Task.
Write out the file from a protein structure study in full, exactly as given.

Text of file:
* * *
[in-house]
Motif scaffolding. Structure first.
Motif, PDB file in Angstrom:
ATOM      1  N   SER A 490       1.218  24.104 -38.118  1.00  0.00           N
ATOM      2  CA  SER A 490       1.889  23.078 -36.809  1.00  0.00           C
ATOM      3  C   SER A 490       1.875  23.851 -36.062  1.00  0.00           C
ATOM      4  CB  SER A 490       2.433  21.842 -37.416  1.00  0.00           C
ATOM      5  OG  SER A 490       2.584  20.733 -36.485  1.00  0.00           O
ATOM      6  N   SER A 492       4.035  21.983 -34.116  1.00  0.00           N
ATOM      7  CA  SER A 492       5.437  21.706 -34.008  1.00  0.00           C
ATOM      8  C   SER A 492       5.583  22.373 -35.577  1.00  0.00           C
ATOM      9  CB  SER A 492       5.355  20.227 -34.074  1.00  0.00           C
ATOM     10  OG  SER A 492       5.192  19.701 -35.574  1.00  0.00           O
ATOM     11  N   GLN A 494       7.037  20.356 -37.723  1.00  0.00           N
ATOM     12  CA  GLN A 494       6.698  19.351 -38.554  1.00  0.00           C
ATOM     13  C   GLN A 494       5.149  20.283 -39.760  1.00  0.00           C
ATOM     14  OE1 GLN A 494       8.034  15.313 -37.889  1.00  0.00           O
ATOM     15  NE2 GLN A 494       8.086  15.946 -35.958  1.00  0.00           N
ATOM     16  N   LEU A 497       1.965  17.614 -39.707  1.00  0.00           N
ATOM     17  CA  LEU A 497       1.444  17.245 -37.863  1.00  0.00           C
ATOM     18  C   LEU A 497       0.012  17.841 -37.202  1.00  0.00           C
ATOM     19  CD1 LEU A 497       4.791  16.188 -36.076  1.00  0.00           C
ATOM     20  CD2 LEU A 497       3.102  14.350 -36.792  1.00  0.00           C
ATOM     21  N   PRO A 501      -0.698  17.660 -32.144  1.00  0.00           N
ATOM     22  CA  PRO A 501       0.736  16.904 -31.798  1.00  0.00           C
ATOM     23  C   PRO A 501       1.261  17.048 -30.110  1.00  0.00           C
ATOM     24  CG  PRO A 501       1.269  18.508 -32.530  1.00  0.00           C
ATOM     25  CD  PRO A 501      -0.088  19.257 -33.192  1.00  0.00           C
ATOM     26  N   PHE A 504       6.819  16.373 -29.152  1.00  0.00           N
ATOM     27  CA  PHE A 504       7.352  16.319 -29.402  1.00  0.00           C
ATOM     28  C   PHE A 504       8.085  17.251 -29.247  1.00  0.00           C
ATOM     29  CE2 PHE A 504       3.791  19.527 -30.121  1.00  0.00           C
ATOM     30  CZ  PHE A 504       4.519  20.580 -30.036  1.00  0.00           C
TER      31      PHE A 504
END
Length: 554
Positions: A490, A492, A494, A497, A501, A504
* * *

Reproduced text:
[in-house]
Motif scaffolding. Structure first.
Motif, PDB file in Angstrom:
ATOM      1  N   SER A 490       1.218  24.104 -38.118  1.00  0.00           N
ATOM      2  CA  SER A 490       1.889  23.078 -36.809  1.00  0.00           C
ATOM      3  C   SER A 490       1.875  23.851 -36.062  1.00  0.00           C
ATOM      4  CB  SER A 490       2.433  21.842 -37.416  1.00  0.00           C
ATOM      5  OG  SER A 490       2.584  20.733 -36.485  1.00  0.00           O
ATOM      6  N   SER A 492       4.035  21.983 -34.116  1.00  0.00           N
ATOM      7  CA  SER A 492       5.437  21.706 -34.008  1.00  0.00           C
ATOM      8  C   SER A 492       5.583  22.373 -35.577  1.00  0.00           C
ATOM      9  CB  SER A 492       5.355  20.227 -34.074  1.00  0.00           C
ATOM     10  OG  SER A 492       5.192  19.701 -35.574  1.00  0.00           O
ATOM     11  N   GLN A 494       7.037  20.356 -37.723  1.00  0.00           N
ATOM     12  CA  GLN A 494       6.698  19.351 -38.554  1.00  0.00           C
ATOM     13  C   GLN A 494       5.149  20.283 -39.760  1.00  0.00           C
ATOM     14  OE1 GLN A 494       8.034  15.313 -37.889  1.00  0.00           O
ATOM     15  NE2 GLN A 494       8.086  15.946 -35.958  1.00  0.00           N
ATOM     16  N   LEU A 497       1.965  17.614 -39.707  1.00  0.00           N
ATOM     17  CA  LEU A 497       1.444  17.245 -37.863  1.00  0.00           C
ATOM     18  C   LEU A 497       0.012  17.841 -37.202  1.00  0.00           C
ATOM     19  CD1 LEU A 497       4.791  16.188 -36.076  1.00  0.00           C
ATOM     20  CD2 LEU A 497       3.102  14.350 -36.792  1.00  0.00           C
ATOM     21  N   PRO A 501      -0.698  17.660 -32.144  1.00  0.00           N
ATOM     22  CA  PRO A 501       0.736  16.904 -31.798  1.00  0.00           C
ATOM     23  C   PRO A 501       1.261  17.048 -30.110  1.00  0.00           C
ATOM     24  CG  PRO A 501       1.269  18.508 -32.530  1.00  0.00           C
ATOM     25  CD  PRO A 501      -0.088  19.257 -33.192  1.00  0.00           C
ATOM     26  N   PHE A 504       6.819  16.373 -29.152  1.00  0.00           N
ATOM     27  CA  PHE A 504       7.352  16.319 -29.402  1.00  0.00           C
ATOM     28  C   PHE A 504       8.085  17.251 -29.247  1.00  0.00           C
ATOM     29  CE2 PHE A 504       3.791  19.527 -30.121  1.00  0.00           C
ATOM     30  CZ  PHE A 504       4.519  20.580 -30.036  1.00  0.00           C
TER      31      PHE A 504
END
Length: 554
Positions: A490, A492, A494, A497, A501, A504